All these things indicate a profound love of justice inherent in mankind. It takes a rude form with rude men, is mixed with passion, private hate; in a civilized community it takes a better form, and attempts are made to remove all personal malice from the representatives of right. A few years ago men were surprised to see the people of a neighbouring city for the first time choose their judges: common elections had been carried there by uncommon party tricks; but when this grave matter came before the people, they laid off their party badges, and as men chose the best officers for that distinguished trust.
The people are not satisfied with any form of government, or statute law, until it comes up to their sense of justice; so every progressive State revises its statutes from time to time, and at each revision comes nearer to the absolute right which human nature demands. Mankind, always progressive, revolutionizes constitutions, changes and changes, seeking to come close to the ideal justice, the divine and immutable law of the world, to which we all owe fealty, swear how we will.
In literature men always look for poetical justice, desiring that virtue should have its own reward, and vice appropriate punishment, not always outward, but always real, and made known to the reader. All students of English history rejoice at the downfal of Judge Jeffries. In romances we love to read of some man or maid oppressed by outward circumstances, but victorious over them; hawked at by villains whose foot is taken in their own snare. This is the principal charm in the ballads and people's poetry of England and Germany, and in the legends of Catholic countries. All men sympathize in the fate of Blue Beard, and "the guardian uncle fierce." The world has ready sympathy with the Homeric tale of Ulysses returning to his Penelope, long faithful, but not grown old with battling the suitors for twenty years. It is his justice and humanity which give such a wide audience to the most popular novelist of our day. But when a writer tries to paint vice beautiful, make sin triumphant, men shrink away from the poison atmosphere he breathes. Authors like Firmer, Machiavel, and Hobbes arouse the indignation of mankind. The fact of personal error it is easy to excuse, but mankind does not forgive such as teach the theory of sin. We always honour men who forget their immediate personal interests, and use an author's sacred function to bear witness to the right.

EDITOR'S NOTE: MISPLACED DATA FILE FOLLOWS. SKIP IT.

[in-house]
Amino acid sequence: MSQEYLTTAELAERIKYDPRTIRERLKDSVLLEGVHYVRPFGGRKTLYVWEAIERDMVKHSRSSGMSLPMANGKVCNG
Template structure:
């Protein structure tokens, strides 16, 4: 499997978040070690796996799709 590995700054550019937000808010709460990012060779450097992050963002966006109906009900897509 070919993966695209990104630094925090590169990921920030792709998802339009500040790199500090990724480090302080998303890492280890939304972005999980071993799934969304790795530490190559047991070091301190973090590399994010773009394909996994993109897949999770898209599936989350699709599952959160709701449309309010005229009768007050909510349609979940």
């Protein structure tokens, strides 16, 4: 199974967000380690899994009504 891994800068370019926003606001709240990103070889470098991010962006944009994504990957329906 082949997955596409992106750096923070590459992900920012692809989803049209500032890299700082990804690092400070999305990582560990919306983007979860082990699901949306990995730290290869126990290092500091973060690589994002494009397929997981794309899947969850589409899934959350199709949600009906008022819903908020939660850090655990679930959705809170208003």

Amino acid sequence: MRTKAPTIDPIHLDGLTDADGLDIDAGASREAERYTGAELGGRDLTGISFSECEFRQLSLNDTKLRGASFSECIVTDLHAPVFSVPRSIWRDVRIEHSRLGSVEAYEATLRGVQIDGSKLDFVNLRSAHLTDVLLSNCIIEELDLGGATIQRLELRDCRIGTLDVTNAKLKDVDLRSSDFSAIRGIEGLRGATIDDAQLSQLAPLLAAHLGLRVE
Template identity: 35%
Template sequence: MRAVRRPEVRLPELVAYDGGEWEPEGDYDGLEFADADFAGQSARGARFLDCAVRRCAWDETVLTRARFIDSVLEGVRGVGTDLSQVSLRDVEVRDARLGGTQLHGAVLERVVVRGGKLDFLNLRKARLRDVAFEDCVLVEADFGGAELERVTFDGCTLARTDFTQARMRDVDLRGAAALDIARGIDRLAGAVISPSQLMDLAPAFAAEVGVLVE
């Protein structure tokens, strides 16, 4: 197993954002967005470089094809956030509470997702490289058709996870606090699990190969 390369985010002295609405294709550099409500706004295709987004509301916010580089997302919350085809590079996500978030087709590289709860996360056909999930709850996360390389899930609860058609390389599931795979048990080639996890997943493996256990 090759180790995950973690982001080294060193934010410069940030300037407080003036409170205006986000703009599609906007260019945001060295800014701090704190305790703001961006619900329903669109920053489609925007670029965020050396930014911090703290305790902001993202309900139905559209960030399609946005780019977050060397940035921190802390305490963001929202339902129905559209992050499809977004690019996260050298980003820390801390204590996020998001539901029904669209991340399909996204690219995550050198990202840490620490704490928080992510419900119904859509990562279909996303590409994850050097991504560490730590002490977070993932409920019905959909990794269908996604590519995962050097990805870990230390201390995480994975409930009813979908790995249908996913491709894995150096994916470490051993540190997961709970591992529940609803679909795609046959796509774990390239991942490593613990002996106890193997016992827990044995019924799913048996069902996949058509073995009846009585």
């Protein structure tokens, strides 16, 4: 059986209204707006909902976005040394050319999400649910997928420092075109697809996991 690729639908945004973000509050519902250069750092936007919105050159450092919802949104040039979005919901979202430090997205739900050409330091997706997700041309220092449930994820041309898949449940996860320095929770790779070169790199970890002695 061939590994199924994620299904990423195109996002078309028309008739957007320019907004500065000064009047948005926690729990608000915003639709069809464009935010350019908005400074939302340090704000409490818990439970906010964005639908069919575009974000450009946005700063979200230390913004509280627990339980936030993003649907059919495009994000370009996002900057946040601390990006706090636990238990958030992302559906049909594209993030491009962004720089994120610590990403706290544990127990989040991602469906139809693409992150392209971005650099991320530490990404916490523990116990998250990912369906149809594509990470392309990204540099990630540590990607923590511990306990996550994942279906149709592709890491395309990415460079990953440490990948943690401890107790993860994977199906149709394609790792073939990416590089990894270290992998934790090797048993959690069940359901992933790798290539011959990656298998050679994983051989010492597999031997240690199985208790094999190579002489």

The majority of men who think have an ideal justice better than the things about them, juster than the law. Some paint it behind them, on the crumbling walls of history, and tell us of "the good old times;" others paint it before them, on the morning mist of youthful life, and in their prayers and their daily toil strive after this,—their New Jerusalem. We all of us have some ideal; our dream is fairer than our day; we will not let it go. If the wicked prosper, it is but for a moment, say we; the counsel of the froward shall be carried headlong. What an ideal democracy now floats before the eyes of earnest and religious men,—fairer than the "Republic" of Plato, or More's "Utopia," or the "golden age" of fabled memory! It is justice that we want to organize,—justice for all, for rich and poor. There the slave shall be free from his master. There shall be no want, no oppression, no fear of man, no fear of God, but only love." There is a good time coming,"—so we all believe when we are young and full of life and healthy hope. God has made man with the instinctive love of justice in him, which gradually gets developed in the world. But in Himself justice is infinite. This justice of God must appear in the world, and in the history of men; and, after all "the wrongs that patient merit of the unworthy takes," still you see that the ploughshare of justice is drawn through and through the field of the world, uprooting the savage plants. The proverbs of the nations tell us this: "The mills of the gods grind slow, but they grind to powder;" "Ill got ill spent;" "The triumphing of the wicked is but for a moment;" "What the Devil gives he also takes;" "Honesty is the best policy;" "No butter will stick to a bad man's bread." Sometimes these sayings come from the instinct of justice in man, and have a little ethical exaggeration about them, but yet more often they represent the world’s experience of facts more than its consciousness of ideas.